Worldwide friends: three-quarters of the front

I have only about another 64 flowers and 64 fillers to go and the front will be finished.

Screen Shot 2015-02-13 at 8.29.10 am

That little section at the top shows how high the top strip will be, and it’ll be the same again at the bottom. It’s 75″ wide and will be about 72″ high.

That’s another 512 hexies to make. 448 to stitch together into flowers. It’s not so bad if you say it quickly! But what it does tell me is that the back of the quilt will not be as complex as the front, or I’ll never get it done in time. There will be hexies on the back, but I think they’ll get appliquéd to a background. There will be a hexie border all round, there will be haiku panels, but it will be mostly larger pieces of fabric. I have another furoshiki featuring carp, and this may well form part of the background piecing.

Screen Shot 2015-02-13 at 8.28.43 am

The assembly station for the next 16 flowers… Some of those papers badly need to be retired and recycled…

This broad strip is the majority of the front of the quilt. There will be a strip 2 flowers high along the top, and the same along the bottom edge, making the quilt almost square.

I’m on my second 1,000m spool of thread. The EPP papers are mostly on their third usage in this quilt alone. I’ve had to discard two needles which were too bent to be comfortable to use any more.

I need to give some thought to embroidering the kanji symbols for the name of the quilt on the front furoshiki section. I suspect that plain old satin stitch will be the answer. I need them to look substantial, and a satin stitch using 3 or 4 strands of floss should do the trick.

Right, I’d better go and cut some more squares!

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31 thoughts on “Worldwide friends: three-quarters of the front

  1. ordinarygood says:

    Totally impressive work and planning. You would not want our breezy wind to upset your assembly station.

  2. ordinarygood says:

    I think my obsession with being on the computer may halt project completion …lol…..

  3. EllaDee says:

    It’s daunting to even think about for me! Have you counted the woman-hours you’ve spent on it so fat as well?

    • katechiconi says:

      No, that would be too intimidating! I have a long way still to go. And with things like this, you can’t count the cost of creation. I couldn’t make a quilt like this to sell, it would be outrageously expensive. Perhaps if it were bought as a piece of art, but I don’t have such an exalted opinion of my creativity! I do it because I must, because it satisfies me and because I end up with something beautiful and useful at the end…

    • katechiconi says:

      You got me hooked on this: I had to go and count the bloody hexies, and now I can give you an answer. There are currently 123 flowers and fillers, which is 984 hexies on the front. Each hexie takes 2 minutes to make once the fabric is cut. Each flower takes half an hour from cut fabric to fully assembled. You’re looking at 492 hours so far…. That’d be 20.5 days of 24 hour-stitching. And that doesn’t include the layout time, assembling the blocks of pieces or cutting the fabric. I think I was happier when I didn’t know….

      • EllaDee says:

        Phenomenal! But it is the way of skilled crafts. I bought a queen bed size hand crocheted silk granny rug for $75 at the markets… similarly the price didn’t reflect the work gone into it.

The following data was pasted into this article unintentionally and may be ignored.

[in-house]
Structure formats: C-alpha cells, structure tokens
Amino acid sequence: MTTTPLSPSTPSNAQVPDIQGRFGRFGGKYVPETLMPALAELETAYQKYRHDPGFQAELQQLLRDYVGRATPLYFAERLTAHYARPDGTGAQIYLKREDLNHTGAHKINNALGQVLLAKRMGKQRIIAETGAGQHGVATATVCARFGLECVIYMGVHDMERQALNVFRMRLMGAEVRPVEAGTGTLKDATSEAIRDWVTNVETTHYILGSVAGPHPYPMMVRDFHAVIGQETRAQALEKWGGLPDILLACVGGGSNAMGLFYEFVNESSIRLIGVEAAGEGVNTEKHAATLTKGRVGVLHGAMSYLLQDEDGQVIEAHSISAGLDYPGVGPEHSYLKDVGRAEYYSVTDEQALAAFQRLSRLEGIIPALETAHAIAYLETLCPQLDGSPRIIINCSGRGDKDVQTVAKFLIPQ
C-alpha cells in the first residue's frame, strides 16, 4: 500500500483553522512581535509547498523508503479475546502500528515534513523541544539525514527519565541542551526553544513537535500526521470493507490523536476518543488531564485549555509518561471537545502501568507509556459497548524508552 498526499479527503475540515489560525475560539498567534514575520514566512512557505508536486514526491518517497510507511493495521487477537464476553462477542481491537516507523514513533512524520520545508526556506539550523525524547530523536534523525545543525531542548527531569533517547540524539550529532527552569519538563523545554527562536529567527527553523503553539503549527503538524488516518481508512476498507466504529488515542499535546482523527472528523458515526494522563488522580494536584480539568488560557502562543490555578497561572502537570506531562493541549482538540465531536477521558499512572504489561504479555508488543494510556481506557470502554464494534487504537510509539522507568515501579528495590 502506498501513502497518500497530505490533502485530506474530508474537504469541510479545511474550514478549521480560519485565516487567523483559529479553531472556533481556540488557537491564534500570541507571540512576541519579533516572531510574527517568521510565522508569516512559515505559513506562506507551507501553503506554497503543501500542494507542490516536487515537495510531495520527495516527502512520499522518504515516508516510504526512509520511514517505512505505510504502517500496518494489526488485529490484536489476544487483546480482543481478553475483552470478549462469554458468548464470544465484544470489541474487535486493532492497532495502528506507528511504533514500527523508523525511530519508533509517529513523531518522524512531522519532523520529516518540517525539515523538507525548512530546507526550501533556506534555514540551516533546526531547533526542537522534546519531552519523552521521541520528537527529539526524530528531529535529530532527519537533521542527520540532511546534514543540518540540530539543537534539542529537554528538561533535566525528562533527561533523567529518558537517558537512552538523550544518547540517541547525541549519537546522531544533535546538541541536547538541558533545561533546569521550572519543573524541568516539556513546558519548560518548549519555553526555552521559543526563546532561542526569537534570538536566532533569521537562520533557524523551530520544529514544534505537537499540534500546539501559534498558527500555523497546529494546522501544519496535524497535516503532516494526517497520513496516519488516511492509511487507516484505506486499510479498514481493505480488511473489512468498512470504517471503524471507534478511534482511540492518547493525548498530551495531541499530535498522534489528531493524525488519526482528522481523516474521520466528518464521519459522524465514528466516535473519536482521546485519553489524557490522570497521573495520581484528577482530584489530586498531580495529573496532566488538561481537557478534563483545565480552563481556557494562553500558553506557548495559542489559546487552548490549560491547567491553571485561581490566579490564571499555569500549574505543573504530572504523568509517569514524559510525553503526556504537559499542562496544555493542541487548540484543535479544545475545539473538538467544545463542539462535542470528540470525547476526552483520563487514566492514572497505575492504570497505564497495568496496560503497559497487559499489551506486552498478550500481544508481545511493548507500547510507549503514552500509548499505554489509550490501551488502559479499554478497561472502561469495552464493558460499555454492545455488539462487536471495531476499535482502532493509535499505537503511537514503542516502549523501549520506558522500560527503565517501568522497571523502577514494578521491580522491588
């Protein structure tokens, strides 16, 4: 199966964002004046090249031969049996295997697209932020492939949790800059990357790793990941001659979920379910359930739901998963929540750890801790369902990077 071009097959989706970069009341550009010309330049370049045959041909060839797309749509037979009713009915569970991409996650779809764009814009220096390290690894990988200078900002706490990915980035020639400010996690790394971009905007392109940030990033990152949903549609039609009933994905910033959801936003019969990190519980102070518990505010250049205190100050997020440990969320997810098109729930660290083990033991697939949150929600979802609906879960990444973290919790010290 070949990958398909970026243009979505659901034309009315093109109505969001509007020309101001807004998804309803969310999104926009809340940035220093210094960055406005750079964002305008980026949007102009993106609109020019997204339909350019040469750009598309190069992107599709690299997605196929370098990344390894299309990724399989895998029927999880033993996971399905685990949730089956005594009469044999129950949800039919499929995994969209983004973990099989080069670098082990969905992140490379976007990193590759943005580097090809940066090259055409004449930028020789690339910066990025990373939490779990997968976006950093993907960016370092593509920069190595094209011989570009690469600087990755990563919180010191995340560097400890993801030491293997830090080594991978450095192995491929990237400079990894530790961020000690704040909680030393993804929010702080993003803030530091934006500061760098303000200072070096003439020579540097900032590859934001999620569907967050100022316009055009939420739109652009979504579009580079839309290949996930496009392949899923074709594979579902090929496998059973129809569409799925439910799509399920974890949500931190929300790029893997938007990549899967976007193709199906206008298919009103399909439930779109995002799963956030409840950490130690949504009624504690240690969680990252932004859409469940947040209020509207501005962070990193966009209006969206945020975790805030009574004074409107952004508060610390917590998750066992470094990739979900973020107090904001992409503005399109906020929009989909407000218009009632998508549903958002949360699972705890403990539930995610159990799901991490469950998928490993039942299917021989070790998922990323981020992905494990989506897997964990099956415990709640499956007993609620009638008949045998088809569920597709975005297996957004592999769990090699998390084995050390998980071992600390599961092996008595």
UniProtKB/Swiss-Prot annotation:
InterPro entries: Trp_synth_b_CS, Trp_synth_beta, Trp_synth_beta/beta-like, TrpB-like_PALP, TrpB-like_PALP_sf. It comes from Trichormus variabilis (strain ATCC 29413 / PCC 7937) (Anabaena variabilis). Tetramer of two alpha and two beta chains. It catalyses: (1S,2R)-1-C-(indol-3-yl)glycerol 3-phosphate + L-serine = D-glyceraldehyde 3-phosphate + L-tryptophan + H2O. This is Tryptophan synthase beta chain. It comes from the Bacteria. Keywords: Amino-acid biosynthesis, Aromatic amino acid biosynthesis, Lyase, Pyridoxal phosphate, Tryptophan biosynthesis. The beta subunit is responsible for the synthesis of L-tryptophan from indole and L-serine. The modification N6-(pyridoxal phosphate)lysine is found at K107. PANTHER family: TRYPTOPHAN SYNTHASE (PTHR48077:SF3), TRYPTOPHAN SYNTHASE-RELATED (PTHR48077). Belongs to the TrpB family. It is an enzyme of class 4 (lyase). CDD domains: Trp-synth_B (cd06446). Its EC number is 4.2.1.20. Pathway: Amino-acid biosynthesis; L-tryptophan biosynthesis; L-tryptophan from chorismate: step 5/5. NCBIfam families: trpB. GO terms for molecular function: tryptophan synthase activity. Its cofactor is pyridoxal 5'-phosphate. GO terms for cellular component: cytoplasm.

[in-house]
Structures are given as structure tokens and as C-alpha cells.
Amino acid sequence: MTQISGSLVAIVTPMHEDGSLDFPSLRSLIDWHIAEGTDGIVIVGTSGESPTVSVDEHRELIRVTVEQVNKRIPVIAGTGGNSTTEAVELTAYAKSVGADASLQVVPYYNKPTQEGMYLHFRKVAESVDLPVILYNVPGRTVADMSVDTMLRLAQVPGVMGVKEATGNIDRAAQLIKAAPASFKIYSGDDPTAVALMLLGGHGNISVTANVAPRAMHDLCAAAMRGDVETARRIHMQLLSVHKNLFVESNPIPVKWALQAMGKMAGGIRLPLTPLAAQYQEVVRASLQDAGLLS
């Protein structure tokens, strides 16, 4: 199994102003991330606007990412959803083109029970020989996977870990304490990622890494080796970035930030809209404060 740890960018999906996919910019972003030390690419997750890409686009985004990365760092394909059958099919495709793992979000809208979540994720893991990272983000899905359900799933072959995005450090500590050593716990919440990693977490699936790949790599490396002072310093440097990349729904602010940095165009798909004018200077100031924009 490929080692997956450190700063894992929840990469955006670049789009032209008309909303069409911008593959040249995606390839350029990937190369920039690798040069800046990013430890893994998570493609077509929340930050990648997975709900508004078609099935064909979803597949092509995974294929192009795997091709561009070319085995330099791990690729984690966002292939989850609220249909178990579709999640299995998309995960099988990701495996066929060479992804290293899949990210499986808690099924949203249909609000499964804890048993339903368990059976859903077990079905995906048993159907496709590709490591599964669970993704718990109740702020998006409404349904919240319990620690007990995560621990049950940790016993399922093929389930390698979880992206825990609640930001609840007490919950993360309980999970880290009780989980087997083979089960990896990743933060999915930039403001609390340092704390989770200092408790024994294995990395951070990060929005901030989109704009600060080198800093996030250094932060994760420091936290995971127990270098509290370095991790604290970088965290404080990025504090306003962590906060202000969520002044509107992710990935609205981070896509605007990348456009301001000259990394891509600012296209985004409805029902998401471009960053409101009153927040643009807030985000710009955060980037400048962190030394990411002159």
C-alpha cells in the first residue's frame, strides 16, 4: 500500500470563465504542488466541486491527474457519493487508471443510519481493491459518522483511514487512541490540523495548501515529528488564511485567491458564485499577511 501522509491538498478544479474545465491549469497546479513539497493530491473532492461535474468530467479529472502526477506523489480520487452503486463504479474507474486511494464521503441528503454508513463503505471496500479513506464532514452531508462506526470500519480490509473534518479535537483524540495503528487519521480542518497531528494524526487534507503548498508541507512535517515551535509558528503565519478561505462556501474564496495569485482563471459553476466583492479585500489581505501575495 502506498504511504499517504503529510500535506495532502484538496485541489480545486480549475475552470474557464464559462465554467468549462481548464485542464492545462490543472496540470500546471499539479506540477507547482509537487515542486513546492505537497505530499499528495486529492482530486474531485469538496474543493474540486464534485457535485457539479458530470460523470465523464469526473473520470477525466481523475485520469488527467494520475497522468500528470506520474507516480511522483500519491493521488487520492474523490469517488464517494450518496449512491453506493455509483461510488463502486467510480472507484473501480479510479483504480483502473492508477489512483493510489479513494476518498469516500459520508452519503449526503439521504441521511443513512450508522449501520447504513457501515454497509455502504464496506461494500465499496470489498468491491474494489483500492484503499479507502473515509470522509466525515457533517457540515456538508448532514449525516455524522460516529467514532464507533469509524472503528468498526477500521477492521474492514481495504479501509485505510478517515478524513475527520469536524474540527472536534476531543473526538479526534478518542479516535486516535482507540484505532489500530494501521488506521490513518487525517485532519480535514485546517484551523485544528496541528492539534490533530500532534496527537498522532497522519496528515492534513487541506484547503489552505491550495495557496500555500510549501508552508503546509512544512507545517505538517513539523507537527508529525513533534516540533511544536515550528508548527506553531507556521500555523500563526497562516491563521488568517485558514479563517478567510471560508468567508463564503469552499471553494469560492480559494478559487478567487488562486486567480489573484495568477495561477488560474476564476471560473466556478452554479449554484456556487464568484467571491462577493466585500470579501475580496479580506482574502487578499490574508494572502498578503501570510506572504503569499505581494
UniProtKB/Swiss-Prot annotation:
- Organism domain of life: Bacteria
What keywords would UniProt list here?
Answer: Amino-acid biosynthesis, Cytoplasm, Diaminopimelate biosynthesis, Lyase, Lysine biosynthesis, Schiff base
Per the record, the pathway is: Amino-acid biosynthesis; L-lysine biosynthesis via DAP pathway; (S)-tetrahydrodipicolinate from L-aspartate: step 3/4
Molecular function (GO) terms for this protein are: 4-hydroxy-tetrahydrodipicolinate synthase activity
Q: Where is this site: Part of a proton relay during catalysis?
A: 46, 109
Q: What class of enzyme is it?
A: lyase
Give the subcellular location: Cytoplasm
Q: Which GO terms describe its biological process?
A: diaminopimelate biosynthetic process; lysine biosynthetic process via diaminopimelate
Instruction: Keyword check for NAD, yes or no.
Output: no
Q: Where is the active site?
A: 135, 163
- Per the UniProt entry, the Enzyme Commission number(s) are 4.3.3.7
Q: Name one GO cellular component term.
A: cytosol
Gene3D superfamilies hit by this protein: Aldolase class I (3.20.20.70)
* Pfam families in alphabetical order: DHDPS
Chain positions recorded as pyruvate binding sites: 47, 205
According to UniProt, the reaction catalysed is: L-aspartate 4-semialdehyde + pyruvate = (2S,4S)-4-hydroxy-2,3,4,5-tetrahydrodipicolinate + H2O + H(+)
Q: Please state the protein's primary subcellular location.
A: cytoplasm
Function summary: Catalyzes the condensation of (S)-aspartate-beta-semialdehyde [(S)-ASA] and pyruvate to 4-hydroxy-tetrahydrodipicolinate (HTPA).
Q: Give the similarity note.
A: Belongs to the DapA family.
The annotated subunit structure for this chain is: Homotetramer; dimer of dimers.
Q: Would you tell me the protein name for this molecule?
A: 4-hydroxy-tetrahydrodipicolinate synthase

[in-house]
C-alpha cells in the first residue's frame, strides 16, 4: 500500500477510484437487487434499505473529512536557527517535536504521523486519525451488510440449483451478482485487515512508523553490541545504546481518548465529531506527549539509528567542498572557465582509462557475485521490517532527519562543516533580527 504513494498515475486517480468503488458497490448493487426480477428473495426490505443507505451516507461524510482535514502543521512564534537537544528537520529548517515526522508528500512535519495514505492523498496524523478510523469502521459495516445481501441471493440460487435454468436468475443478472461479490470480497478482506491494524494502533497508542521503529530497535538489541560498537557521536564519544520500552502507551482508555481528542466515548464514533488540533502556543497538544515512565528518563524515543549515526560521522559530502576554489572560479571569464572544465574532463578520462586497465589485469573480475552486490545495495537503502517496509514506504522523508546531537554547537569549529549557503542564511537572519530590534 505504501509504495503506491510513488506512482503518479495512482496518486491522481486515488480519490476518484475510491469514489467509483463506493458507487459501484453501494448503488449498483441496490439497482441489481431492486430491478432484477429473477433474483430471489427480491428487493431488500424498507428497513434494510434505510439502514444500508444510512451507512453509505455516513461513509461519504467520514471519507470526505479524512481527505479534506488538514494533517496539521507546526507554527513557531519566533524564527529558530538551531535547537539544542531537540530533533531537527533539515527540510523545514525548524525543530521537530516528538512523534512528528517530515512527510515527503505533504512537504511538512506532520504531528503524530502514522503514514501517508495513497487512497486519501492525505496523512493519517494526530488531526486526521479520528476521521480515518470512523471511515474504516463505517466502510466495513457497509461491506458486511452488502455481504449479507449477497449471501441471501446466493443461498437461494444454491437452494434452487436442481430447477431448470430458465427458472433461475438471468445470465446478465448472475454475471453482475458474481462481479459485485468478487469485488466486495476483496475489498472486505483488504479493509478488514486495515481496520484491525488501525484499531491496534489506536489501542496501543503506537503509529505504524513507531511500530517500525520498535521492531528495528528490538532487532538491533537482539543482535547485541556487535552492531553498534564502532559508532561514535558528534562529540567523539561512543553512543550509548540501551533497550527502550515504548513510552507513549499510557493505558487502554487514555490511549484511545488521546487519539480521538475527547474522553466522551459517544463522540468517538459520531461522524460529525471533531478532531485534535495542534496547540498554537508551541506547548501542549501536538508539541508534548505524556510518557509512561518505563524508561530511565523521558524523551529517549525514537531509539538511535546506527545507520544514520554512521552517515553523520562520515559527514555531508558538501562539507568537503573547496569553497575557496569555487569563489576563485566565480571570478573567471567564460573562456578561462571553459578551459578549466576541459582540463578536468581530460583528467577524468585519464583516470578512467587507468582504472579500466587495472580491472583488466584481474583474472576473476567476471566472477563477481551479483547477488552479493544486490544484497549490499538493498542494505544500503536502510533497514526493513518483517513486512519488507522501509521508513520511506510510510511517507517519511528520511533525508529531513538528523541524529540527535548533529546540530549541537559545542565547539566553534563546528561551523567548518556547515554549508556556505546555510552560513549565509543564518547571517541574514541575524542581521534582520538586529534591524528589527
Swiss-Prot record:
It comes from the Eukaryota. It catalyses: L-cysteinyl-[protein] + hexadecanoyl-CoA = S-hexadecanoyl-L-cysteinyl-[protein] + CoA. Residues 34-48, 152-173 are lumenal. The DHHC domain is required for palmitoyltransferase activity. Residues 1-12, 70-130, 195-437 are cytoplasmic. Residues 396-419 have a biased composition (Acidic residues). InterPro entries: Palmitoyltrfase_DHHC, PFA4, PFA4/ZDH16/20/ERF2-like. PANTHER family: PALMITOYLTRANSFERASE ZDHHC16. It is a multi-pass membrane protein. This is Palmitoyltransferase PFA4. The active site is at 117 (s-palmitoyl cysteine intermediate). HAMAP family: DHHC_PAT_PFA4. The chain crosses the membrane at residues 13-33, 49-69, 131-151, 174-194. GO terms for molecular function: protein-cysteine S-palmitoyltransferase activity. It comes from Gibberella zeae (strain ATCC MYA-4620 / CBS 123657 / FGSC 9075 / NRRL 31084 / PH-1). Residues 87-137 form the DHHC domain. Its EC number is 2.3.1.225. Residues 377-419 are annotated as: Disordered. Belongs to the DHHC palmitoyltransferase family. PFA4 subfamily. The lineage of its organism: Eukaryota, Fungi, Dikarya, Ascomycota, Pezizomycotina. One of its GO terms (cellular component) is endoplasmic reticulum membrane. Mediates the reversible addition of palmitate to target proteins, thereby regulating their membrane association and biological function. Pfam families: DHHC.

4. katechiconi says:

    Of course poetry is useful! It brings beauty into the world, which we sorely need.
    Counting and listing is not for everyone, but I’m a Listaholic and it works well for me. As for the maths, well, that’s why calculators were invented, isn’t it?
    Interesting, I think, that a job of this magnitude would have put me off starting when I was young. Now, I’ll derive enormous satisfaction from the process as well as the completion. Sometimes it’s good to be getting older…

  5. tialys says:

    And there I was moaning about cutting out 320 trapezoids and reverse trapezoids! Well, actually 640 because my friend that is doing the quilt-along with me won’t go near a rotary cutter and I couldn’t bear to watch her doing it with scissors. However, unlike your creation, once my pieces are cut they will be offered up to the sewing machine, not individually hand sewn. I am in awe.
    Strangely, enough though I was no good at maths in school, I really enjoy the calculations for a quilt although I sometimes have to draft in the husband for help.

    • katechiconi says:

      Same, I could do basic arithmetic but was hopeless at the advanced stuff. Strangely, I spent my entire professional career managing large budgets! Fortunately I haven’t had to resort to Husband power yet…

  6. Emmely says:

    I am very impressed by your progress!

    • katechiconi says:

      Considering how little time I’ve given to this project in the past month, so am I! I must admit, I’ll be happy when the front is done; the back will be much more straightforward.

  7. I kind of like the abstract look it has now with the little piece branching offf

    • katechiconi says:

      It looks like the beginning of a chemical diagram to me! Perhaps if this was going to be a purely decorative piece, I’d be considering some abstraction and asymmetry, but it is destined for a bed… Part of my problem is that I have a new quilt brewing in my brain and it’s very, very distracting!

  8. you must have the patience of an angel !!!

  9. AMazing how this quilt is growing!!! AWESOME,
    Esther

  10. That should keep you out of mischief for a day or two!

  11. […] recent post has raised the interesting question of whether the hours we spend working on our quilts could ever […]

  12. Kirsten says:

    I spy with my little eye . . . some familiar looking fabric 🙂

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